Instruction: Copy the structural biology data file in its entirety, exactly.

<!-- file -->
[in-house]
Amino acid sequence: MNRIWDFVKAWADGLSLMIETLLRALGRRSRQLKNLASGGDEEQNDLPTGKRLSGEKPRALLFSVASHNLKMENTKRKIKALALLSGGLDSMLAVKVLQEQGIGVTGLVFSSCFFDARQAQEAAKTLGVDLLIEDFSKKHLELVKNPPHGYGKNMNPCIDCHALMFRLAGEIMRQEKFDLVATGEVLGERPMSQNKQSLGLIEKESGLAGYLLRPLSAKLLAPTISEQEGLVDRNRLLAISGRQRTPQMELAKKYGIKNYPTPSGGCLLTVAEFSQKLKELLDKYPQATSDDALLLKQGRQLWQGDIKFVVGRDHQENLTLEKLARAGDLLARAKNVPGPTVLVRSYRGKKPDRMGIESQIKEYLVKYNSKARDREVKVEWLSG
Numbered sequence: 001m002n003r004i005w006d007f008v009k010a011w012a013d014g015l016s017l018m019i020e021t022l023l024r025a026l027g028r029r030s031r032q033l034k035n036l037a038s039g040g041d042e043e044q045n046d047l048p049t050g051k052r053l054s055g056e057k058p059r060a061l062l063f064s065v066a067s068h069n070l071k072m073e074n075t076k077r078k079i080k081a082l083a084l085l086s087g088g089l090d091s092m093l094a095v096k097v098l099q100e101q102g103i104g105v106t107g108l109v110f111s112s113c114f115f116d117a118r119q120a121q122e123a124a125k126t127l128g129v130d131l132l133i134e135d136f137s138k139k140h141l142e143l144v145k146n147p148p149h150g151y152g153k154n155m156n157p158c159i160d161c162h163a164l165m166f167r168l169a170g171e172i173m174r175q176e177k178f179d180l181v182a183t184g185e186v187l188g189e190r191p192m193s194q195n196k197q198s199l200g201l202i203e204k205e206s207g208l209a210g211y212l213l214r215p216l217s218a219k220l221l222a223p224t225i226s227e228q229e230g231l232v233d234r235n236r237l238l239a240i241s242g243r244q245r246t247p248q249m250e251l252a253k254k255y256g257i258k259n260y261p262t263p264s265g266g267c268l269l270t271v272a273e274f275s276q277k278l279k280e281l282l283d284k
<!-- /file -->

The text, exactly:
[in-house]
Amino acid sequence: MNRIWDFVKAWADGLSLMIETLLRALGRRSRQLKNLASGGDEEQNDLPTGKRLSGEKPRALLFSVASHNLKMENTKRKIKALALLSGGLDSMLAVKVLQEQGIGVTGLVFSSCFFDARQAQEAAKTLGVDLLIEDFSKKHLELVKNPPHGYGKNMNPCIDCHALMFRLAGEIMRQEKFDLVATGEVLGERPMSQNKQSLGLIEKESGLAGYLLRPLSAKLLAPTISEQEGLVDRNRLLAISGRQRTPQMELAKKYGIKNYPTPSGGCLLTVAEFSQKLKELLDKYPQATSDDALLLKQGRQLWQGDIKFVVGRDHQENLTLEKLARAGDLLARAKNVPGPTVLVRSYRGKKPDRMGIESQIKEYLVKYNSKARDREVKVEWLSG
Numbered sequence: 001m002n003r004i005w006d007f008v009k010a011w012a013d014g015l016s017l018m019i020e021t022l023l024r025a026l027g028r029r030s031r032q033l034k035n036l037a038s039g040g041d042e043e044q045n046d047l048p049t050g051k052r053l054s055g056e057k058p059r060a061l062l063f064s065v066a067s068h069n070l071k072m073e074n075t076k077r078k079i080k081a082l083a084l085l086s087g088g089l090d091s092m093l094a095v096k097v098l099q100e101q102g103i104g105v106t107g108l109v110f111s112s113c114f115f116d117a118r119q120a121q122e123a124a125k126t127l128g129v130d131l132l133i134e135d136f137s138k139k140h141l142e143l144v145k146n147p148p149h150g151y152g153k154n155m156n157p158c159i160d161c162h163a164l165m166f167r168l169a170g171e172i173m174r175q176e177k178f179d180l181v182a183t184g185e186v187l188g189e190r191p192m193s194q195n196k197q198s199l200g201l202i203e204k205e206s207g208l209a210g211y212l213l214r215p216l217s218a219k220l221l222a223p224t225i226s227e228q229e230g231l232v233d234r235n236r237l238l239a240i241s242g243r244q245r246t247p248q249m250e251l252a253k254k255y256g257i258k259n260y261p262t263p264s265g266g267c268l269l270t271v272a273e274f275s276q277k278l279k280e281l282l283d284k